"A Mary Sue (sometimes just Sue), in literary criticism and particularly in fanfiction, is a fictional character with overly idealized and hackneyed mannerisms, lacking noteworthy flaws, and primarily functioning as a wish-fulfilment fantasy for the author or reader."That doesn't mean your characters have to be likeable, however. In the end, it should all boil down to relatability. I am not suggesting that your characters have to match up with the likes and dislikes of the reader, but give them flaws, bad habits. Make them human. We relate to that which we understand, what we can sympathize with. A perfect example: I was playing a game where the main heroine was a huge Mary Sue. I hated her, and she was borderline ruining the game for me. Then, a scene was shown where the character got jealous. So jealous that she got angry. It completely caught me off guard, and suddenly my hate melted away. I actually felt bad for her. She had shown a human quality that I related too. Sad to say, it was the only moment in the game where she exhibited such behavior, and she quickly transformed back into her one dimensional state. But for that brief moment, she was a character who I still didn't like, but wanted to know more about.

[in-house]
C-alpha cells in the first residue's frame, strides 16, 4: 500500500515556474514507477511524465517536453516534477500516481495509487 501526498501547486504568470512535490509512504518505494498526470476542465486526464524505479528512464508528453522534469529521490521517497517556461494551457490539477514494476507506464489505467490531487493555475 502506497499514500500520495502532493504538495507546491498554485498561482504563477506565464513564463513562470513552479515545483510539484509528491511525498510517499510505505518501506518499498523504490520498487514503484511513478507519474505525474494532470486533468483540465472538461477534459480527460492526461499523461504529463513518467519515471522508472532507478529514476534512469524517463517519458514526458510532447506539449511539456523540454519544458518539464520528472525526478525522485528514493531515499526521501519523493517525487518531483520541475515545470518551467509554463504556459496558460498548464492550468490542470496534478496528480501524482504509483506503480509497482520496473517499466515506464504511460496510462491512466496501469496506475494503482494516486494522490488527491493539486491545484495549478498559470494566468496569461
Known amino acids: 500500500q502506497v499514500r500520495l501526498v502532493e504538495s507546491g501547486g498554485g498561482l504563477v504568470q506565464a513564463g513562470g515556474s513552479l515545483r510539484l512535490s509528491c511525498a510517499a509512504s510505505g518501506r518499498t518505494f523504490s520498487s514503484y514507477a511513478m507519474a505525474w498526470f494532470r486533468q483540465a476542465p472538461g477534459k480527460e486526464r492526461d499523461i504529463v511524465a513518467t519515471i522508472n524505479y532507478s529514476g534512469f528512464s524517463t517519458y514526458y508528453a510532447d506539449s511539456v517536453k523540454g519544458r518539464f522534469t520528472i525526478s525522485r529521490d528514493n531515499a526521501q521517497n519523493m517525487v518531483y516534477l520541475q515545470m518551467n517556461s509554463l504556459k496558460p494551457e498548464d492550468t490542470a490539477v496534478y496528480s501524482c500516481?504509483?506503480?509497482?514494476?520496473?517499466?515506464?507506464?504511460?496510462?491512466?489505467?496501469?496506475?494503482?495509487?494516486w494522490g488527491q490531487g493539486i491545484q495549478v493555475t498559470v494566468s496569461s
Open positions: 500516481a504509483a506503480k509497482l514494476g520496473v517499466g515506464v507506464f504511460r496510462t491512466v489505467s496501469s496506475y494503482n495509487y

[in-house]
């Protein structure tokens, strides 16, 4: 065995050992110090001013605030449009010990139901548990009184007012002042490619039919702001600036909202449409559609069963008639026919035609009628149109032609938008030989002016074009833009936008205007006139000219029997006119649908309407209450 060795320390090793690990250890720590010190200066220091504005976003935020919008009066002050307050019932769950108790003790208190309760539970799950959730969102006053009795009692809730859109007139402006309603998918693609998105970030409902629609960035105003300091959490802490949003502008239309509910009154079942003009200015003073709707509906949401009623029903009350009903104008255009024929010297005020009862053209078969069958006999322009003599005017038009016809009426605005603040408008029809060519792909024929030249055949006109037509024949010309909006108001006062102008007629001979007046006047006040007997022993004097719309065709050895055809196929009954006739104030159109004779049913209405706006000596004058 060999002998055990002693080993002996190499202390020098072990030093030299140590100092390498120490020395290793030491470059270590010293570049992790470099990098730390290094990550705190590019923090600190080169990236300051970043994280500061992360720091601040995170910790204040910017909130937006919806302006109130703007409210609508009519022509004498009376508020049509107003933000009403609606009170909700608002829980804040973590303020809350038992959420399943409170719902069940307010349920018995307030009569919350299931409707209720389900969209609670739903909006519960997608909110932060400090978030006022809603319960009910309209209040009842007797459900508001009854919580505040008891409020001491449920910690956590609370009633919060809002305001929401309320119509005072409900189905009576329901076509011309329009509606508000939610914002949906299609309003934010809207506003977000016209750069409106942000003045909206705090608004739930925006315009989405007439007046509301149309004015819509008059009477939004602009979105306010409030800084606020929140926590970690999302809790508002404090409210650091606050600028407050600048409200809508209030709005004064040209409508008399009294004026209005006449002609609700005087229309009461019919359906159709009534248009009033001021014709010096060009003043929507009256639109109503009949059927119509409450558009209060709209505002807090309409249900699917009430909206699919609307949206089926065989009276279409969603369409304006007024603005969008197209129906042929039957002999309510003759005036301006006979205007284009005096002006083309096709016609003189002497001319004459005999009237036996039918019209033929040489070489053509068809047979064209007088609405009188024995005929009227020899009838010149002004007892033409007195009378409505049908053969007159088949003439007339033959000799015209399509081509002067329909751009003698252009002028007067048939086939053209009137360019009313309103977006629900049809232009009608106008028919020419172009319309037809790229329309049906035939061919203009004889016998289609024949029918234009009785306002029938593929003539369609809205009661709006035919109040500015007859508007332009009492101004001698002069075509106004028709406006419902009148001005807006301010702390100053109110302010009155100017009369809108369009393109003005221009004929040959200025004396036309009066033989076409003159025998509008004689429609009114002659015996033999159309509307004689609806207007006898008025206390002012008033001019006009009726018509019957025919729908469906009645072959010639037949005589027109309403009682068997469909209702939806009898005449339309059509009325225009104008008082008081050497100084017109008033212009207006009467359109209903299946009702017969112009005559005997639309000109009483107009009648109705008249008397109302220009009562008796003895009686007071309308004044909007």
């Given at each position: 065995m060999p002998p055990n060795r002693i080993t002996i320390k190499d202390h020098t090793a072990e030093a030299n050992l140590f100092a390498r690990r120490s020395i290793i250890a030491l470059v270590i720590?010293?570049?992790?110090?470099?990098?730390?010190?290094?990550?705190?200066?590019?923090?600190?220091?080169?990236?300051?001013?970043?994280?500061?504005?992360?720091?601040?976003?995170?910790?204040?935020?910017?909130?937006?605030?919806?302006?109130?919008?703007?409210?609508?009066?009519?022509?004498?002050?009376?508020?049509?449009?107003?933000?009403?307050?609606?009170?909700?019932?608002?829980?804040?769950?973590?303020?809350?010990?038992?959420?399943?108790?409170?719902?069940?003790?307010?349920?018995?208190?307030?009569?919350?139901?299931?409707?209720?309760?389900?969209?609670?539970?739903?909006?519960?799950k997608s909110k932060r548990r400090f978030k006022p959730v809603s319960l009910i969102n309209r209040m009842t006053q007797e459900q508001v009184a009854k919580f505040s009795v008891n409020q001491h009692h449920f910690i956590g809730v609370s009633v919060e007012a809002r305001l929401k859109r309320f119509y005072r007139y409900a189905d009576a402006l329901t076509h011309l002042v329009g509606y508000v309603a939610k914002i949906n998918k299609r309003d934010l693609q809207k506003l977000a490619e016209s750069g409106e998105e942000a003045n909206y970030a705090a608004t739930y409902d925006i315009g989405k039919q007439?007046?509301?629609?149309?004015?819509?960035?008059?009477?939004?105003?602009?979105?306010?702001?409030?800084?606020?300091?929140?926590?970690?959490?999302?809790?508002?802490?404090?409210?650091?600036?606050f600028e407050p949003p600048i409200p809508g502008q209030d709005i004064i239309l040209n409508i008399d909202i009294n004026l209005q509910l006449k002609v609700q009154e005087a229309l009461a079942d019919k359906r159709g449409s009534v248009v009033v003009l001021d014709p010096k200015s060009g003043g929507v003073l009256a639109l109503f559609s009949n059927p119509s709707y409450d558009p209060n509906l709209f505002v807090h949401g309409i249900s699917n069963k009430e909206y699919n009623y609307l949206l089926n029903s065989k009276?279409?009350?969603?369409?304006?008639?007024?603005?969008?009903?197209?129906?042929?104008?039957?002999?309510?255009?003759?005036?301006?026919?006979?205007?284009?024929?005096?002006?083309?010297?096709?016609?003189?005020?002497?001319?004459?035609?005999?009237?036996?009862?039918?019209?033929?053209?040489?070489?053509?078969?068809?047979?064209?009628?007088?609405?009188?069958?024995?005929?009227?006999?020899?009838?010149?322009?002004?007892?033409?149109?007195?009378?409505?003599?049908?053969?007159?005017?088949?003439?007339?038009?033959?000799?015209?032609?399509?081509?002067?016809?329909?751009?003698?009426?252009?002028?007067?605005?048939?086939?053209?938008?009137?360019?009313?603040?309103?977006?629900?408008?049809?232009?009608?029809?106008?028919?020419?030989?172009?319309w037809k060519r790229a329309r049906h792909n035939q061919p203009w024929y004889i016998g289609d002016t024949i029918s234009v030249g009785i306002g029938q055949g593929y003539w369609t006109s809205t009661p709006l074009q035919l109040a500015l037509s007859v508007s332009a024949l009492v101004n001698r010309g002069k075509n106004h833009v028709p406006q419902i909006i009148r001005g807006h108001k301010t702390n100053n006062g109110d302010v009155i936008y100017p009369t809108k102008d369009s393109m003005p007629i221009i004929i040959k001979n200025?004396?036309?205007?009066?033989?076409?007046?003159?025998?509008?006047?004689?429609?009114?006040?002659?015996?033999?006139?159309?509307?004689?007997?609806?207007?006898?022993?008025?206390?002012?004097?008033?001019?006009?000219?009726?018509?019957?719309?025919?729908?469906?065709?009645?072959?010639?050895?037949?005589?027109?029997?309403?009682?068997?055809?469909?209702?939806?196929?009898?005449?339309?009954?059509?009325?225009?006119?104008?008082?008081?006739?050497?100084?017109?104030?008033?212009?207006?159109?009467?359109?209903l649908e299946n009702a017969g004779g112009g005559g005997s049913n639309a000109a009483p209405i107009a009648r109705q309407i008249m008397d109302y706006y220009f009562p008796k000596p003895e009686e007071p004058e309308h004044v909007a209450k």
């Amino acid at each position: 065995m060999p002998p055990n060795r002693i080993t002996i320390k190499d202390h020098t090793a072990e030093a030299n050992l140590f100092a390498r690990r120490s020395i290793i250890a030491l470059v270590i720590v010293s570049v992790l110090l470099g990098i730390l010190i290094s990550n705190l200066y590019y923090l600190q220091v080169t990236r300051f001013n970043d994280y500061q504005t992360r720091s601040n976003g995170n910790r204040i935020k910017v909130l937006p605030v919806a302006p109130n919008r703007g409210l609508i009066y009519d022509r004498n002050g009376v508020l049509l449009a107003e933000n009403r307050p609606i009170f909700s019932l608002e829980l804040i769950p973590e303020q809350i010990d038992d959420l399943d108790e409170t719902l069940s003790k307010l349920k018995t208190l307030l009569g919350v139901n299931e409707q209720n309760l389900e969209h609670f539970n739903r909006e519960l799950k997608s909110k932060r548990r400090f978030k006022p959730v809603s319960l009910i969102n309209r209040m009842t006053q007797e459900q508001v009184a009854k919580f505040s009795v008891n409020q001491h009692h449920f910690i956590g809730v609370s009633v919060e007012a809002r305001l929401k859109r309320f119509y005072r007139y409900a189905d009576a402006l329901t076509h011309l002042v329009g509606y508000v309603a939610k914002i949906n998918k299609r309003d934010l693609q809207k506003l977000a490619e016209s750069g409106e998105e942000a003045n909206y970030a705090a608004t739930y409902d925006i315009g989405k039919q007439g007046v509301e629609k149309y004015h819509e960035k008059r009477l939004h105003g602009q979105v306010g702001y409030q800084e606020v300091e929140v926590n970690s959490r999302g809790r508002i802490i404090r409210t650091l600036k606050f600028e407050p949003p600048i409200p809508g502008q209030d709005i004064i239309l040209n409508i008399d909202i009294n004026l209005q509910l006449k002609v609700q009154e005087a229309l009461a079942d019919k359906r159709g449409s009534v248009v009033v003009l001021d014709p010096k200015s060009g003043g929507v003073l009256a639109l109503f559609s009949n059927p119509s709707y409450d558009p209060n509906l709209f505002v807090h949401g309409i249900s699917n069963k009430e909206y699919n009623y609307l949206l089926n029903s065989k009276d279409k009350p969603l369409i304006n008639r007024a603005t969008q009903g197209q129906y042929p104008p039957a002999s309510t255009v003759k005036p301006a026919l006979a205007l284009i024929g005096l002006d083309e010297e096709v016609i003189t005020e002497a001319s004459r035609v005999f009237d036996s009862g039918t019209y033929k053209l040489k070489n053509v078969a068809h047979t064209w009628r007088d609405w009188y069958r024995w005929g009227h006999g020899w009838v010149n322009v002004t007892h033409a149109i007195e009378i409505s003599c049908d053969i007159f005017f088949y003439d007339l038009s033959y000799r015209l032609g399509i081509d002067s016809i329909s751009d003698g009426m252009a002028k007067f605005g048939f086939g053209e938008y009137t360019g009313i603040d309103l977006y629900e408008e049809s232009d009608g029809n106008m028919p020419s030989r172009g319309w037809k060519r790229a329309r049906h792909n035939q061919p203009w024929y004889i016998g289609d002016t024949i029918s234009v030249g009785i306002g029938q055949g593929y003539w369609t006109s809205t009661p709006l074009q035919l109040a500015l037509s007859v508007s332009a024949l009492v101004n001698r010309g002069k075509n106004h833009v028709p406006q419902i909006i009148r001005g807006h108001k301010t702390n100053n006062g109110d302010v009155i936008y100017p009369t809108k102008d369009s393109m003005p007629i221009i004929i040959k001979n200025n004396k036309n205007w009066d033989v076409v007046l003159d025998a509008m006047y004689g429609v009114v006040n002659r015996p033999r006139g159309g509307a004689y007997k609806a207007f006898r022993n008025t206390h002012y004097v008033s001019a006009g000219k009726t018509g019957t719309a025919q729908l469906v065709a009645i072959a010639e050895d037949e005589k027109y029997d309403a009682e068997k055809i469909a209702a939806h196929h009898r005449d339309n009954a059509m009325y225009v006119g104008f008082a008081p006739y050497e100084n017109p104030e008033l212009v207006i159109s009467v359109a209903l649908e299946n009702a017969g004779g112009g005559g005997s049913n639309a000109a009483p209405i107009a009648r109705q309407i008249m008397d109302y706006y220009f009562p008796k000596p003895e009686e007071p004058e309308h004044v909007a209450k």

Flaws seem to be the easiest way of making a character three dimensional. Have them bite their nails, give them a horrible temper, make them horribly antisocial. Small quirks make somebody interesting, and not just story fodder. I recall, when I first starting writing my novel, I wanted to create a character for exactly that. Plot fodder. However, as I wrote him, his mannerisms and quirks surprised me. When the time came to it, I realized he had suddenly become an integral part of the cast. I couldn't get rid of him.
Characters can make or break your story (most of the time). So, unless you have a very specific idea in mind, I highly suggest taking the time to plan them out. To at least give them a foundation of a personality. Then, you can let the rest write itself.